Following on from the hugely successful premiere of Jodie Whittaker’s Doctor on Doctor Who last weekend, the BBC has pledged a commitment to bringing more female stories and experiences to TV in the future.
Speaking at the Steve Hewlett Memorial Lecture tonight (October 11), the BBC‘s Director of Content, Charlotte Moore, explained that the broadcaster had more than doubled the amount of dramas by female writers it had commissioned in the last two years – and promised a lot more to come.
“45% of the dramas we’ve commissioned at the BBC in the last two years are from female writers… It’s not 50:50, yet, but it’s more than double where we were in the past,” Moore said in her speech, adding that we’re “just at the start of a very long journey to address a huge historical failing of female voices”.
“There’s a whole generation of female stories, perspectives and experiences that’s coming to the surface. It’s our responsibility to make that generation heard – and help them inspire a new generation in turn,” she continued.
“They bring with them a promise of a society that is fairer, better, and more equal than ever before.”
Moore continued to cite the reactions to Jodie Whittaker’s Doctor as just one of the reasons why a focus on female-led dramas is important, referring to one viral clip in particular.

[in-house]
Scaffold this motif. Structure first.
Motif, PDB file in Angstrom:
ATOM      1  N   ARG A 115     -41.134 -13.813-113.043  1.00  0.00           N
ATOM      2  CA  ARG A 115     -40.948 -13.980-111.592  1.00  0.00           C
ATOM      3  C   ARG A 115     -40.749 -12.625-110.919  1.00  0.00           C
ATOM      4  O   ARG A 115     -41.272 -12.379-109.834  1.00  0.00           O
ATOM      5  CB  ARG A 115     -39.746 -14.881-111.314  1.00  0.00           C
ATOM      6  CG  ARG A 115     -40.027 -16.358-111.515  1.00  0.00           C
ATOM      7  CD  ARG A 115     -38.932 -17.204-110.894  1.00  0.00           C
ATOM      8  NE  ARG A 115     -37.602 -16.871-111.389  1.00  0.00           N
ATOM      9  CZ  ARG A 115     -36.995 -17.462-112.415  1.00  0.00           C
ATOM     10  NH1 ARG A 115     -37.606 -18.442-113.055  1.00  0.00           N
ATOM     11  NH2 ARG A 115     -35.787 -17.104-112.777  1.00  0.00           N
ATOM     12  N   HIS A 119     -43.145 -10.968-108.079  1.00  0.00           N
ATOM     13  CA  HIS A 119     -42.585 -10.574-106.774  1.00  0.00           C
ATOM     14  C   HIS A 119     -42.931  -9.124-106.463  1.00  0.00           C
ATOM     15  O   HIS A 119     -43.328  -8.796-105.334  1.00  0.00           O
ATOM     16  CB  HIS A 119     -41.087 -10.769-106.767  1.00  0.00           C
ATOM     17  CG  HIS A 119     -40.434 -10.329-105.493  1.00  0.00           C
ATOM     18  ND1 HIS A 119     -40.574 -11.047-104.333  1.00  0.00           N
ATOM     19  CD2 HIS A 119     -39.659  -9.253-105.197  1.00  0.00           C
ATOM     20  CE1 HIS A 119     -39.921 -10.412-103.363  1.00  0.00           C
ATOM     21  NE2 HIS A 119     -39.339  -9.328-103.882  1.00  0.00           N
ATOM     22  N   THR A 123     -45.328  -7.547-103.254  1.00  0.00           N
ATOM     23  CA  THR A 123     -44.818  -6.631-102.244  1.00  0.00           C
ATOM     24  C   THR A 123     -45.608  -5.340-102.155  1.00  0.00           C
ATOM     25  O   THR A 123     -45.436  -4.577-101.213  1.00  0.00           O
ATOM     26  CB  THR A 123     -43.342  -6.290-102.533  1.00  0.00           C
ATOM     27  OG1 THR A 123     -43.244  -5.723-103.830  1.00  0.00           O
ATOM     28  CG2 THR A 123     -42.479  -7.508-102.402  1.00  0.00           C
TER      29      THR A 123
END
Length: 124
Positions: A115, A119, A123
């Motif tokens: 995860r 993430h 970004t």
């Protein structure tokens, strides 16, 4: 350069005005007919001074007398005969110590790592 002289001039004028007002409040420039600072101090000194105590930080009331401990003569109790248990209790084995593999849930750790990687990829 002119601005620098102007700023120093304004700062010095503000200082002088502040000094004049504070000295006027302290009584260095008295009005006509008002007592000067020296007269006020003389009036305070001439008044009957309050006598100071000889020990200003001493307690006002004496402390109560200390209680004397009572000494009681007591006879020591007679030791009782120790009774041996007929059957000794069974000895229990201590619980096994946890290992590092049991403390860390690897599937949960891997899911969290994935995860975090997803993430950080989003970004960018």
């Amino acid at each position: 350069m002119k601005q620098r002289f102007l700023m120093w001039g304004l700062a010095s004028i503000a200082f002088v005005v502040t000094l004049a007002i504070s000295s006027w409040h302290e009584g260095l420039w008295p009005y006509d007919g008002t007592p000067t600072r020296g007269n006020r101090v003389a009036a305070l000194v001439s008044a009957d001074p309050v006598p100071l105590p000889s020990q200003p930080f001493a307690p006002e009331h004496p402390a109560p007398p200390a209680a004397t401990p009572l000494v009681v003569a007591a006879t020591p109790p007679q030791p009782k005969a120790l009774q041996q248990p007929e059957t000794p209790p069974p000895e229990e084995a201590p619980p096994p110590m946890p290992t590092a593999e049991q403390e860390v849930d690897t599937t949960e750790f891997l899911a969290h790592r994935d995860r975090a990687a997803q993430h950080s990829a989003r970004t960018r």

“I defy anyone who saw that viral video of the little girl, waiting for the new Doctor Who to be unveiled – who witnessed the expression on her face when she shouted: ‘The new doctor is a girl’ – not to think we’ve done something good and inspirational,” she added.
As well as a commitment to female voices on screen, Moore also promised to continue to ensure that “authentic, British stories” are told on the BBC, saying that she believes “British stories told by British voices matter more than ever before”.
She also challenged the rise of Netflix and Amazon (and their spending costs once again), saying they’re “not going to help” in getting British stories told.
“Their investment into new UK programmes is only around £150 million a year. Less than 10% of their catalogues is made up of content produced in the UK,” Moore continued.
“The Crown may be a wonderful example of a big global player telling a British story, but it’s also a rare one.”
Elsewhere in the speech, Moore also promised a few exciting things coming up, including Blue Planet Live – a follow-up to the brilliant Blue Planet II described as a “stripped TV event” that will revisit the wildlife and stories of the series and find out what happened next – as well as a second season of Killing Eve.
“I’m pleased to say that we’re not going to have to wait quite so long next time,” Moore shared. “It’s back on the BBC next year for season two.”
So, all in all, it sounds like the BBC has some great plans for the future – we can’t wait.
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